Teens and OCDPosted by Phil Cardenas on Oct 01, 2012
by Janet Singer
“Normal” teen behavior might be anything but
I think we can all agree that once a diagnosis of obsessive-compulsive disorder is made, it is important to get the right help as soon as possible. A therapist who specializes in treating the disorder using Exposure Response Prevention (ERP) Therapy is the way to go. The path to follow is clear.
But what is not always clear is whether or not you or a loved one even has OCD. In particular, if you are the parent of a teenager, it may be hard to distinguish “normal teen behavior” (yes, I realize that’s a bit of an oxymoron) from something you should be concerned about. How do we know when peculiar teen behavior might actually be OCD?
Before we discuss this further, I must confess that I had no idea my son Dan had OCD until, after diagnosing himself with the help of the Internet at the age of seventeen, he told me. Turns out he’d been suffering for “a while.” My husband and I had no clue. So I am in no way an expert, and am, in fact, a good example of someone who dismissed some odd behaviors as those of a “quirky teen.” Who knew that a refusal to pick out his own clothes, constant apologizing for things most people wouldn’t apologize for (a type of reassurance seeking), and avoiding previously enjoyable activities could all be signs of obsessive-compulsive disorder? Certainly not me.
Symptoms of OCD
While symptoms of OCD are not always straightforward, some are more easily recognized than others. Overt compulsions such as excessive hand-washing, checking, and tapping are obvious clues that something is wrong. Those suffering from mental compulsions may have an easier time hiding their OCD. How was I supposed to know that Dan’s daydreaming or bouts of “spaciness” were actually caused by him having to review his day over and over in his head?
The truth is, my intuition (which I ignored) kept telling me that we were dealing with something more than normal teen behavior. While I didn’t suspect OCD, I had a feeling that something was wrong. One of the things I’ve learned over the last few years is how important it is for us, as parents, to trust our intuition. Nobody is as tuned into our children as we are, and if you feel there is reason for concern, even if you’re not quite sure what those concerns are, it is time to talk with your teen.
OCD and communication
Which brings us to my next point: I believe communication is essential if you are worried about your son or daughter. I know that conversations with teens are often difficult, but you might find that your child is relieved that you’ve brought up the subject. Try talking to him or her during a calm time, be nonjudgmental and supportive, and just express your concerns. Hear what he or she has to say, and from this dialogue you can figure out the next step. If your son or daughter denies there is a problem, but you are not convinced, insist he or she (or the whole family) talk with a therapist. Also, tell him or her about the Beyond OCD web site, including the OCD Self-Screening Test. At the very least, your teen will realize he or she is not alone.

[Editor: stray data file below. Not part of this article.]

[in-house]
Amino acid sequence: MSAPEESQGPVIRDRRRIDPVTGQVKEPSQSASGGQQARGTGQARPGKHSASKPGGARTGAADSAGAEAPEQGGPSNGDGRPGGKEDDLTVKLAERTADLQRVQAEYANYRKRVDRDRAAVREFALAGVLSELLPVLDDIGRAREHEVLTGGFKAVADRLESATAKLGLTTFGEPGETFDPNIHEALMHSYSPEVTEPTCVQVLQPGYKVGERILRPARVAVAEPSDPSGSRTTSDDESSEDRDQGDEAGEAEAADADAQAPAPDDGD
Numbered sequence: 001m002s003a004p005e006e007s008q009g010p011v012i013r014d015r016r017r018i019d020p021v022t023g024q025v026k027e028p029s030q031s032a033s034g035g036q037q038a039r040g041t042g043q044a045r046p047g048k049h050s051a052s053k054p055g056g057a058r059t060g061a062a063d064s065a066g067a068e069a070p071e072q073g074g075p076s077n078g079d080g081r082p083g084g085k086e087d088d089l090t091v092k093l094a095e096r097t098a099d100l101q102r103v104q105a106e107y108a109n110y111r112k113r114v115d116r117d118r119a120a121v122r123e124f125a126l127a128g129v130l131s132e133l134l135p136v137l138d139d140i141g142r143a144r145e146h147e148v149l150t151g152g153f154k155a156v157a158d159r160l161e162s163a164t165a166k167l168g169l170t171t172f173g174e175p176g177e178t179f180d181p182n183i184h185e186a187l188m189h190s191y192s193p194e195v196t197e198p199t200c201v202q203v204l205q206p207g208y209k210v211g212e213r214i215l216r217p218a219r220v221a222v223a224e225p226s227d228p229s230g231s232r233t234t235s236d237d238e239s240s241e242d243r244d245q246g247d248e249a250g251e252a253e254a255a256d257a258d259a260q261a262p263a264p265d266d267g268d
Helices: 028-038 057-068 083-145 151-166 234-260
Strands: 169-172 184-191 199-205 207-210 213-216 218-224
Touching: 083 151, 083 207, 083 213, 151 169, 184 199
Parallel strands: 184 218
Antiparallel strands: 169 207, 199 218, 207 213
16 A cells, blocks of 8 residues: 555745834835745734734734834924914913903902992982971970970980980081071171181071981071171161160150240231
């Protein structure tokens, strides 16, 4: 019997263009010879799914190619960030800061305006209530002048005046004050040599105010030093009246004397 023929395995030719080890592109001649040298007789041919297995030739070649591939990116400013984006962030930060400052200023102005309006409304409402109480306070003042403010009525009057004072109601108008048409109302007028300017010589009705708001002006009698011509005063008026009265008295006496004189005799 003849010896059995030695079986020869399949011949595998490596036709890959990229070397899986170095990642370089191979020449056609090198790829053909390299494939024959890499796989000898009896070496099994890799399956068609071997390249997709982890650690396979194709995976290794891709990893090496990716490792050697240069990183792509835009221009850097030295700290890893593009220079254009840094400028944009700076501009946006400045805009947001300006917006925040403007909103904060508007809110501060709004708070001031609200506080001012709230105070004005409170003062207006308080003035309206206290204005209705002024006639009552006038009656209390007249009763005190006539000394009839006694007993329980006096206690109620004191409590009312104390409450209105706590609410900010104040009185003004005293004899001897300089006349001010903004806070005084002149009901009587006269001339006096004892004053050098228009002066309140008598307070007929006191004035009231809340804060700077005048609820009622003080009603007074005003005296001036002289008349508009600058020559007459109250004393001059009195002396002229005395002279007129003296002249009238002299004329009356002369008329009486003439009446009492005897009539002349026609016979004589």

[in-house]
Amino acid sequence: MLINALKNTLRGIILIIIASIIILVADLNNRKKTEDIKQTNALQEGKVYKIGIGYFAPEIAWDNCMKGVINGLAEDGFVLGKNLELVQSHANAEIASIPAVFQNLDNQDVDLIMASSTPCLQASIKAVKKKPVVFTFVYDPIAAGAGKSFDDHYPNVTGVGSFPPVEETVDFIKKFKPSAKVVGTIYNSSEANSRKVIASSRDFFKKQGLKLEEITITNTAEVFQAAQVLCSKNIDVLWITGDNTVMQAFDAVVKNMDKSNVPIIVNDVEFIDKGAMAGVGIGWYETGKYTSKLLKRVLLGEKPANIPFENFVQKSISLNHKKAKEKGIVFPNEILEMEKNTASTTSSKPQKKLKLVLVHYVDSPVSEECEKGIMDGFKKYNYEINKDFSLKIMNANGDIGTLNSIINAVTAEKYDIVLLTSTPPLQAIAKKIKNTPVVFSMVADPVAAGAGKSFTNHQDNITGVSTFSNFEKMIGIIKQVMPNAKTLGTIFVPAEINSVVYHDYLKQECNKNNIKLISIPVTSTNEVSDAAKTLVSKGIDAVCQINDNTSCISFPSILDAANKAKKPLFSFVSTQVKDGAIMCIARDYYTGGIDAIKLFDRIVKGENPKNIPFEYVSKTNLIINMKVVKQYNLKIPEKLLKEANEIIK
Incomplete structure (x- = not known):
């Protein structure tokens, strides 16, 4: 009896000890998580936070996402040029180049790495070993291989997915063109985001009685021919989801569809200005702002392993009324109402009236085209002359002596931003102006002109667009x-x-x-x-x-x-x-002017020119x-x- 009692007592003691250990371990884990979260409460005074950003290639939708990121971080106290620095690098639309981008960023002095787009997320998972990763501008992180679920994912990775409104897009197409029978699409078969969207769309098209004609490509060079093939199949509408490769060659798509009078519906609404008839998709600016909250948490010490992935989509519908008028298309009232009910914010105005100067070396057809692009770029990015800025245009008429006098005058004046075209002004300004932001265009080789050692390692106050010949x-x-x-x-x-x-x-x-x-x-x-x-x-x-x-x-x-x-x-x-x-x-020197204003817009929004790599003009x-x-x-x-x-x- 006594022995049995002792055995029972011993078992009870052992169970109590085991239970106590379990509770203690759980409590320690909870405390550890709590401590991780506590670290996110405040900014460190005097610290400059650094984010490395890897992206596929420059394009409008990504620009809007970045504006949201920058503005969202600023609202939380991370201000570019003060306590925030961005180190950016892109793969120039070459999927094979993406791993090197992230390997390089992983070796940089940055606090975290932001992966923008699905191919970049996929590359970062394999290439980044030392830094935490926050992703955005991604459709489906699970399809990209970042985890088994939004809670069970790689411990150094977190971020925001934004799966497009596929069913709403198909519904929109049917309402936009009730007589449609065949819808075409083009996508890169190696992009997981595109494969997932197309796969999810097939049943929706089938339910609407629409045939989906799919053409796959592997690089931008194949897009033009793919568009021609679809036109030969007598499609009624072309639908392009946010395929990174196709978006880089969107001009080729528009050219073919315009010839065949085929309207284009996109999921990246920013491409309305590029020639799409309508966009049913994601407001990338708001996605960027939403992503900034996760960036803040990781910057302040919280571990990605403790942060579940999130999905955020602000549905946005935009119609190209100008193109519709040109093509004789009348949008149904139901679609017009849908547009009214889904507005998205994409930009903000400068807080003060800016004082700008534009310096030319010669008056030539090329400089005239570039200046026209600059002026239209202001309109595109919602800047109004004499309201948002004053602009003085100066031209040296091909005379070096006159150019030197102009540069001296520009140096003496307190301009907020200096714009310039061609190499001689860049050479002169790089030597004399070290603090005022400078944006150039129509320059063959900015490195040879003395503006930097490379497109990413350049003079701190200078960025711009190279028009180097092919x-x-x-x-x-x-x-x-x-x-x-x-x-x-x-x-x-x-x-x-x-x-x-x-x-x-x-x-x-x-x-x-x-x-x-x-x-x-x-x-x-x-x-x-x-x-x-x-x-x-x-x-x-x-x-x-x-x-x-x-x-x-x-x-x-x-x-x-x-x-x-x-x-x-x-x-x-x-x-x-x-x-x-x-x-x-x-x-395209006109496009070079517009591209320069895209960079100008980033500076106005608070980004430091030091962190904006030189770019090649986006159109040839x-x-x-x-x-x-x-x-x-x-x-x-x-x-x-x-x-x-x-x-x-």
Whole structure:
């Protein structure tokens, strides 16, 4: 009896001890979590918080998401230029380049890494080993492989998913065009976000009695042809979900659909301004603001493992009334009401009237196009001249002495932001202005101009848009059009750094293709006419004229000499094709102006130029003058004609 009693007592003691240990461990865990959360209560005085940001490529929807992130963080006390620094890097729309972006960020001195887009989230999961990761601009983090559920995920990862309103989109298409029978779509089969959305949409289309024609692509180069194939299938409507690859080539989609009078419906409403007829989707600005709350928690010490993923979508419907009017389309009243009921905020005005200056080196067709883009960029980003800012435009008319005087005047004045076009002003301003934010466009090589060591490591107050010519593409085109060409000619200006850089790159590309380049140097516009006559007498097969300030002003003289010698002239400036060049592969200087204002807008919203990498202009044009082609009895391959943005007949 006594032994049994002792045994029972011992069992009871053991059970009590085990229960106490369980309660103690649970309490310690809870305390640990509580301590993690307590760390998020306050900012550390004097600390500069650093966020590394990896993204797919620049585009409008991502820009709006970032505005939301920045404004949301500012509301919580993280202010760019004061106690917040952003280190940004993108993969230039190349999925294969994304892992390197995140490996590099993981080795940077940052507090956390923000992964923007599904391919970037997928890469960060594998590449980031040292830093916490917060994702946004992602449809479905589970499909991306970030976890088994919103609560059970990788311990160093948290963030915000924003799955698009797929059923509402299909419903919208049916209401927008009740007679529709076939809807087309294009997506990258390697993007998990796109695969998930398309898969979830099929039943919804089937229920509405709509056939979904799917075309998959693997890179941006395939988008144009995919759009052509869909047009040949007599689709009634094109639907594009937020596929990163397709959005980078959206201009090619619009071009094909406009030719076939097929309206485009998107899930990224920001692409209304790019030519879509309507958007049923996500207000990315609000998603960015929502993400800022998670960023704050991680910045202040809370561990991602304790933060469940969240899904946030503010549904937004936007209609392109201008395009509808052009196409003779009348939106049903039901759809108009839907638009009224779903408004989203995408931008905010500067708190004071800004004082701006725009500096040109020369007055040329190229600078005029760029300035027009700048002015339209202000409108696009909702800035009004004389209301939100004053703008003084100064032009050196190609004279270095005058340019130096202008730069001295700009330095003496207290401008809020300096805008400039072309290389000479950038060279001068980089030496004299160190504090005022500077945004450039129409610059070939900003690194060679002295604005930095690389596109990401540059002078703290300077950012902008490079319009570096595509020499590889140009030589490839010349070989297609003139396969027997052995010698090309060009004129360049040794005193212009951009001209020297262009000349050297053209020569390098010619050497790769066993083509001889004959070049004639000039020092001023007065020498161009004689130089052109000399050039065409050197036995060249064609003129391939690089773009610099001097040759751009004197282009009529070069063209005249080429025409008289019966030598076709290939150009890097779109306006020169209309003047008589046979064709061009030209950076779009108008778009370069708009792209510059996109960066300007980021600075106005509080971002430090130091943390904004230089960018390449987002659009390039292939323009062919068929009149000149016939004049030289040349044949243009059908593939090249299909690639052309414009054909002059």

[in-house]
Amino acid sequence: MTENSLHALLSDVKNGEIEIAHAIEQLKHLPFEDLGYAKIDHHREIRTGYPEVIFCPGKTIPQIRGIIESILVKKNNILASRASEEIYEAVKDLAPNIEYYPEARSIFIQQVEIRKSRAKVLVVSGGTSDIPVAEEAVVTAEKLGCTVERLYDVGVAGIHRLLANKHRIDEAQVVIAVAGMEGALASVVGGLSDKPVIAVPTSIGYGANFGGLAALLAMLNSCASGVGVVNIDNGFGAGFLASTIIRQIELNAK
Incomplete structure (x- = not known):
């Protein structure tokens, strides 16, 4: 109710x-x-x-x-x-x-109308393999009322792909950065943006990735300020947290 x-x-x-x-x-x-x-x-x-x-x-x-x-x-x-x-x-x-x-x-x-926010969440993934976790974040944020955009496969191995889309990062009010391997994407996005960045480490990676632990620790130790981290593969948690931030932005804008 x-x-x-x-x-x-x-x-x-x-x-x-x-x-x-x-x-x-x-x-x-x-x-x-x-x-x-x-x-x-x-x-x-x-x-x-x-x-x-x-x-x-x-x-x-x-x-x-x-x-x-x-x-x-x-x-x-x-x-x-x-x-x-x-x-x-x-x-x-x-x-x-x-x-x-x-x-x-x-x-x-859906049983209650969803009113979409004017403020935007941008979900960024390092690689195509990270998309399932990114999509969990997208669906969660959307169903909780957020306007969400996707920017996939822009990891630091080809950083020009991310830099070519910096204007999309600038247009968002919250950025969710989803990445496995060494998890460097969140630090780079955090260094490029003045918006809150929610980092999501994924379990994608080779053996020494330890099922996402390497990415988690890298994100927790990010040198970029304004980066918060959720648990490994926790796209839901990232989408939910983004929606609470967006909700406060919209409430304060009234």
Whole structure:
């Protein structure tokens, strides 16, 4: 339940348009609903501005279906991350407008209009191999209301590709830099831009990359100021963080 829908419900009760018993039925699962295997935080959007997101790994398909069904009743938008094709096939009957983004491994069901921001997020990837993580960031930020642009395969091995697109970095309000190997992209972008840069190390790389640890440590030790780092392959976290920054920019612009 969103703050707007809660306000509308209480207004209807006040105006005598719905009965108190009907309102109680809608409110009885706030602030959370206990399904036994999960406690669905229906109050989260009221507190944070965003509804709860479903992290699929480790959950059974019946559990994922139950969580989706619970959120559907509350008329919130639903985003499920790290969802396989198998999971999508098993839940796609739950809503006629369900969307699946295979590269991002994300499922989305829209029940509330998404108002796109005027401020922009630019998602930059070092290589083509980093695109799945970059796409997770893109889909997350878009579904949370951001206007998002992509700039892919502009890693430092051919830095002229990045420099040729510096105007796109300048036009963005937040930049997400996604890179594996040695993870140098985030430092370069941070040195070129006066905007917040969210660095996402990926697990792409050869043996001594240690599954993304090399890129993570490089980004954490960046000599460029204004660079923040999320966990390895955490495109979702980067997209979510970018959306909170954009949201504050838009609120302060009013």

I know from personal experience that reading a list of symptoms of obsessive-compulsive disorder is a lot simpler than seeing it in your own child. If you suspect that it’s possible your teen may be suffering from OCD, let him or her know how important it is to be evaluated, and if necessary, begin treatment. Meeting with a professional will either put everyone’s minds at ease, or uncover a disorder that is absolutely treatable. Either way you win.
Beyond OCD is a worldwide advocate of raising awareness of obsessive-compulsive disorder and in helping sufferers – and their families and friends – get the help they need. There’s a whole section on the website Just for Teens that can help teenagers, their parents, educators, and mental health professionals begin the healing process from the ravages of OCD.
Janet Singer, an advocate for OCD awareness, is published regularly on various mental health web sites. She explores all topics related to OCD and shares what helped and what hurt in her son Dan’s recovery from this devastating disorder. While there were many lessons learned along the way, Janet feels the most powerful one of all is that there is always hope. She is committed to getting the word out that OCD, no matter how severe, is treatable. You can read more about Dan’s story and follow her personal blog at: http://www.ocdtalk.wordpress.com/. Janet uses a pseudonym to protect her son’s privacy.